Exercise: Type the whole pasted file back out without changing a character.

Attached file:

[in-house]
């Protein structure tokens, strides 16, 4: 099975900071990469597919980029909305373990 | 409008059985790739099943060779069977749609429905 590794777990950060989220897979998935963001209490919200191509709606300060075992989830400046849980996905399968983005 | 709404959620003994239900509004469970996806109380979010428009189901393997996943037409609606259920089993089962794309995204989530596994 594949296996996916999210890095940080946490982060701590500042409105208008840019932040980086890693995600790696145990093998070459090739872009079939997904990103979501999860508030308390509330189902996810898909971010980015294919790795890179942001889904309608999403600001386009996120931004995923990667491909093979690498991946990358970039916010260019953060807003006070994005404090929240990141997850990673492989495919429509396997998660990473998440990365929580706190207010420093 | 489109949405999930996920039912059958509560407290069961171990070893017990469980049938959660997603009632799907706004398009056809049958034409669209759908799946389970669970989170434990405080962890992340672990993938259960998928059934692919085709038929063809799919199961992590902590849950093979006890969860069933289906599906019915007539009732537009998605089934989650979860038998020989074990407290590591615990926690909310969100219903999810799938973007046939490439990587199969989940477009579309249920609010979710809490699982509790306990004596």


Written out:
[in-house]
């Protein structure tokens, strides 16, 4: 099975900071990469597919980029909305373990 | 409008059985790739099943060779069977749609429905 590794777990950060989220897979998935963001209490919200191509709606300060075992989830400046849980996905399968983005 | 709404959620003994239900509004469970996806109380979010428009189901393997996943037409609606259920089993089962794309995204989530596994 594949296996996916999210890095940080946490982060701590500042409105208008840019932040980086890693995600790696145990093998070459090739872009079939997904990103979501999860508030308390509330189902996810898909971010980015294919790795890179942001889904309608999403600001386009996120931004995923990667491909093979690498991946990358970039916010260019953060807003006070994005404090929240990141997850990673492989495919429509396997998660990473998440990365929580706190207010420093 | 489109949405999930996920039912059958509560407290069961171990070893017990469980049938959660997603009632799907706004398009056809049958034409669209759908799946389970669970989170434990405080962890992340672990993938259960998928059934692919085709038929063809799919199961992590902590849950093979006890969860069933289906599906019915007539009732537009998605089934989650979860038998020989074990407290590591615990926690909310969100219903999810799938973007046939490439990587199969989940477009579309249920609010979710809490699982509790306990004596």